This is a mitochondrion.The outer membrane is believed to be eukaryotic in origin. The inner membrane is, according to the endosymbiont theory, the cell membrane of an ancient prokaryote that became an endosymbiont. This inner membrane is the location of the electron transport system. The infoldings of this membrane are called cristae. The space between the two membranes is the location for proton accumulation. This accumulation represents the conservation of energy that can ultimately be used in oxidative phosphorylation. This phosphorylation briefly traps the energy in a high- energy phosphate bond in the molecule, ATP.
The fluid inside the inner membrane, the mitochondrial matrix, is the cytoplasm of the original endosymbiont. This area is responsible for the Kreb's cycle. This cycle is also known as the TCA (tricarboxylic acid) cycle and the citric acid cycle.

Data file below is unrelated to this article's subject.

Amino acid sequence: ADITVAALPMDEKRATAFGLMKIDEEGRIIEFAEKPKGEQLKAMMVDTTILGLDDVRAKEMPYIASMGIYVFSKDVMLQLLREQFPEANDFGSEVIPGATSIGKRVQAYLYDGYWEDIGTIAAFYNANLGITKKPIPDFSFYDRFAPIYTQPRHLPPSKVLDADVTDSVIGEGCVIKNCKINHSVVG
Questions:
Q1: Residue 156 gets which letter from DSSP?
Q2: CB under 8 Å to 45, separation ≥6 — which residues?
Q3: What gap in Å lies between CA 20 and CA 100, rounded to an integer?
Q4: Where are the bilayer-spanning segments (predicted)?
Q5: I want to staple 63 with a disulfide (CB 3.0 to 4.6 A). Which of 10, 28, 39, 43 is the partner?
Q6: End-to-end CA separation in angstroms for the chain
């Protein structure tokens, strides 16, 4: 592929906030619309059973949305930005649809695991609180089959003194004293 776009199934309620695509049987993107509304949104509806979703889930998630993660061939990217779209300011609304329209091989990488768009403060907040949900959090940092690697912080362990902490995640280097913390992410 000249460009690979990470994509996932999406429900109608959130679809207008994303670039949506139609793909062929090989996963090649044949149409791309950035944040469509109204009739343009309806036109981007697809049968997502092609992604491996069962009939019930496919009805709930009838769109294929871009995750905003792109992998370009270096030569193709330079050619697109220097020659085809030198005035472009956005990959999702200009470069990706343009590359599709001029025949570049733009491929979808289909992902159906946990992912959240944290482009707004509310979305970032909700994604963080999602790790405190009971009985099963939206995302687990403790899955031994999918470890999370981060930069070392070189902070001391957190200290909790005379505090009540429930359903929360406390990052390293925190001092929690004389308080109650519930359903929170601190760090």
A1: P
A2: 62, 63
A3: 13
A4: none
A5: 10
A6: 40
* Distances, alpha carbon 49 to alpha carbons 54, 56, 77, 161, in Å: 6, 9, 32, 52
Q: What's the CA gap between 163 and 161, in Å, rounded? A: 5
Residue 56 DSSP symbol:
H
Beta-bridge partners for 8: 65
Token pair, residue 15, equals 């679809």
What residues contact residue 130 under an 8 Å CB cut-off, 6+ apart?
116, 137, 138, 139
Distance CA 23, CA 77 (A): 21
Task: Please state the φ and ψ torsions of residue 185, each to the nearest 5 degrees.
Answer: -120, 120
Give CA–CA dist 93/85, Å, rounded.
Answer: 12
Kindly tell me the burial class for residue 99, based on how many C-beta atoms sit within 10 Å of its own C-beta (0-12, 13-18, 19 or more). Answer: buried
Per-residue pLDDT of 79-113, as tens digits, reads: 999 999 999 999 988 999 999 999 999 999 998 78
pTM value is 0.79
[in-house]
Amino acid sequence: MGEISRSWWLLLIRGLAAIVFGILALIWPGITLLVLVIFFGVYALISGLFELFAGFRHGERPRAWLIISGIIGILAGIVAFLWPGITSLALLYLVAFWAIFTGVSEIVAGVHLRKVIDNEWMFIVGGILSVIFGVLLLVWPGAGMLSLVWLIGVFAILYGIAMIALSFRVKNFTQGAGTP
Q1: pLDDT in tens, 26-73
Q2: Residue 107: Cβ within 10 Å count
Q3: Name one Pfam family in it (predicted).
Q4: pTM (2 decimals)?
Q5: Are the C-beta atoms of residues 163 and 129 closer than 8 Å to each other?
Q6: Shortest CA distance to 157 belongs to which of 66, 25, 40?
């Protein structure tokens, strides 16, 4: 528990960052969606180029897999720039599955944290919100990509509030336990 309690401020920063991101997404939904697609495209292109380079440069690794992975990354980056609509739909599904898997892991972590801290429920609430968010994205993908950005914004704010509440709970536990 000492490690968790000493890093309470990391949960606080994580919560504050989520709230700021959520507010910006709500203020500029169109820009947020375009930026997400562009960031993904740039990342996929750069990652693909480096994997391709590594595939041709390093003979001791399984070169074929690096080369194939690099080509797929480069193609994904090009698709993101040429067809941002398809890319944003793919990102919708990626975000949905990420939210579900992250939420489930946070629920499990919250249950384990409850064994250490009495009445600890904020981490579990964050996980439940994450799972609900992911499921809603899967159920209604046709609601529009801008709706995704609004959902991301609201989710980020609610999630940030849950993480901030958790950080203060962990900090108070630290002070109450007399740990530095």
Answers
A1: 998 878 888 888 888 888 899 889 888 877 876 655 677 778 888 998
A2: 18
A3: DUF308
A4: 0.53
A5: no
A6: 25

The mitochondrion has its own naked, circular DNA, and its own 70s ribosomes. This is further evidence for the origin of the mitochondrion as a prokaryotic endosymbiont. The genetic code used in the mitochondrion is slightly different than that of eukaryotic cells as well.
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